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Corruption in world football unearthed

Nov 6, 2015, 9:53 AM

The Dirty Game: Uncovering the Scandal at FIFA, Andrew Jennings, and Century books, 2015, 303 pages.

This is a book hot from the press, just 3 months old, and it is very explosive. Written by a BBC award winning journalist, Andrew Jennings, the book uncovers the web of corruption that has rocked FIFA, the world football body. Indeed, the author has been researching and writing about FIFA scandals since the 1990s, and he is so persistent in uncovering the sordid FIFA story that the suspended FIFA outgoing president Sepp Blatter banned Jennings from his press conferences, p.304. It was Jennings who furnished the American FBI the dossier from his long years researching and investigating FIFA scandals, which led eventually to the arrest in Switzerland last May, (p.1,2). The author is therefore well placed to write about the corruption in FIFA.

The book is divided into 20 chapters, but they are short enough to keep the reader in suspense and focus. The first chapters set the stage for the graft in which FIFA officials are currently embroiled: the author reveals that it was during the time of Joao Havelange, the Brazilian who led FIFA from 1974 to 1998, that the world football body began its ugly descent into graft and scandals, p.10. Here the author seeks to compare the FIFA dealers and wheelers to the Italian mafia; a tight-knit cabal who protect each other and are ready to flay, even slay, to have their way. It is obvious from the book that the FIFA scandals are mainly centred on cash.

According to the author, there is plenty of money coming into the coffers of the associations from sponsorship deals with partners such as Coca Cola, Adidas, and VISA, p.9, who pour billions of dollars into the FIFA coffers in sponsorship deals. Another way to the cash mountain in FIFA is the bribes that countries have paid to host the World Cup, held every four years.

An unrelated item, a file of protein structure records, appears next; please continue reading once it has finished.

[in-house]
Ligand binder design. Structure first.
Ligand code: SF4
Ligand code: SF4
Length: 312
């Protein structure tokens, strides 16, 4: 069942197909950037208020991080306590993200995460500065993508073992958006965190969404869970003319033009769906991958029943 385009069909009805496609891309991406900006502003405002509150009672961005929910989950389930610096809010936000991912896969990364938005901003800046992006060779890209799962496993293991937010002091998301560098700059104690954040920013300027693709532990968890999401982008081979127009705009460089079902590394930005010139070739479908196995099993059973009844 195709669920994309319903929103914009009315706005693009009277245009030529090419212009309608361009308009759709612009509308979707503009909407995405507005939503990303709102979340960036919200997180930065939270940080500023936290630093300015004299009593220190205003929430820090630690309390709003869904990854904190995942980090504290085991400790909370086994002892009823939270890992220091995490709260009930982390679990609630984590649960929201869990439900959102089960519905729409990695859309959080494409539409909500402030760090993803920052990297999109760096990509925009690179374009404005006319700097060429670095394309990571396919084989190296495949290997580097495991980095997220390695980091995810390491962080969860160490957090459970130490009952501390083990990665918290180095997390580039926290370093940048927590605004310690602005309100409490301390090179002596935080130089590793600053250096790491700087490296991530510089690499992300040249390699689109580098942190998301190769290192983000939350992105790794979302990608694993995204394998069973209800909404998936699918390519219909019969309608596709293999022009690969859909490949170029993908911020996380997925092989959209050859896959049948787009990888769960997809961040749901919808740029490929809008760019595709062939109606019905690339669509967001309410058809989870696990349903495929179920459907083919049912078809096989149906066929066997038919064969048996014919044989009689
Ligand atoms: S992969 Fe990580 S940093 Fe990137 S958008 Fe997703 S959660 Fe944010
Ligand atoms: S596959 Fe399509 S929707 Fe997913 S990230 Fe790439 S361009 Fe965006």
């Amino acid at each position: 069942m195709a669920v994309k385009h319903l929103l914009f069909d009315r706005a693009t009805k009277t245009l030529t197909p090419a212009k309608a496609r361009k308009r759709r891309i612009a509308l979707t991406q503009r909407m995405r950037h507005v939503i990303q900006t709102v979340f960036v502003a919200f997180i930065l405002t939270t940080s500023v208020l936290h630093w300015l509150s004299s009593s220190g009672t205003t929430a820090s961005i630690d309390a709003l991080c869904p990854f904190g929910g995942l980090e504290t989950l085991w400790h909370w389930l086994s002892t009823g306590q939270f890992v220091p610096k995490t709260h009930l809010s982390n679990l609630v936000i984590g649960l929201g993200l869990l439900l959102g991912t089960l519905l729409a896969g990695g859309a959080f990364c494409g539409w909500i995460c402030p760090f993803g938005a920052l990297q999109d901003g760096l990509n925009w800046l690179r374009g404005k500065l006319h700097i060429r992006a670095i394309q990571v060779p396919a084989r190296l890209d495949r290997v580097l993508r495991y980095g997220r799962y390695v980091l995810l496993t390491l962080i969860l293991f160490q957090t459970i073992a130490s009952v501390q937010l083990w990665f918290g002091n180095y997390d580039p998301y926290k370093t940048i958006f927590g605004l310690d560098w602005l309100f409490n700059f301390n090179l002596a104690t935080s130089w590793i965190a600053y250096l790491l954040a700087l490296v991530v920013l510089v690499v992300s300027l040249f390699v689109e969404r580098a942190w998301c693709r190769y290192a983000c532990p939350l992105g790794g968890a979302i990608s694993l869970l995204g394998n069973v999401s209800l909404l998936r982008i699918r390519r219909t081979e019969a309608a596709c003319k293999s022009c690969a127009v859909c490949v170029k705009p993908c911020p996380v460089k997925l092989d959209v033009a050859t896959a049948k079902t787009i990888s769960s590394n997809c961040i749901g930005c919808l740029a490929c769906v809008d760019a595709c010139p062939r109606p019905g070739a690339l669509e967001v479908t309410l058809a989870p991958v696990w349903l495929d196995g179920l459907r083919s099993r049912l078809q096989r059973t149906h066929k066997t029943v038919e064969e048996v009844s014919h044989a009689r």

In chapter six, the author reveals how countries had to literally buy the votes that gave them the rights to host the World Cup. The author reveals on p.80 how the votes were bought for Germany to win the rights to host 2006, denying South Africa. Further into this chapter, the authors also reveals how South Africa too won the rights to host the 2010 World Cup but not before allegations of bribery against them for also bribing their way. Now both Qatar and Russia are to host the 2022 and 2018 World Cups and they are both accused of buying the votes.

But who are the corrupt in FIFA? According to the author, Blatter leads the pack, followed by some members of the very powerful Executive Committee, which, if the author is to be believed, works like a brotherhood: in total secrecy, with a strong ethic of secrecy and mutual support. They have the laager mentality. Some of the Executive members have been accused of and indicted for re-selling World Cup tickets in the black market at inflated prices, p.98.

In total, Jenning successfully paints a picture of a wholly rotten world body. FIFA ‘an organised crime family’ p.302, is rotten to the core, according to Jennings. In fact, he is so revolted by it all that he suggests a few ways forwards: change the name of FIFA to World Football Union, and make sure the secret meetings of its Executive committee are streamed live on the internet to bring a modicum of transparency.Of course, the reader must know that these revelations are as yet accusations which only a court of law could confirm or deny.

I am afraid if you read this book, your beautiful game will no longer appear so beautiful. The current suspension of Blatter and his cohort, and the arrests in May, attest to the plausibility of Jennings’ premise that world football needs a radical change to improve its image. Football lovers should buy and read this book.

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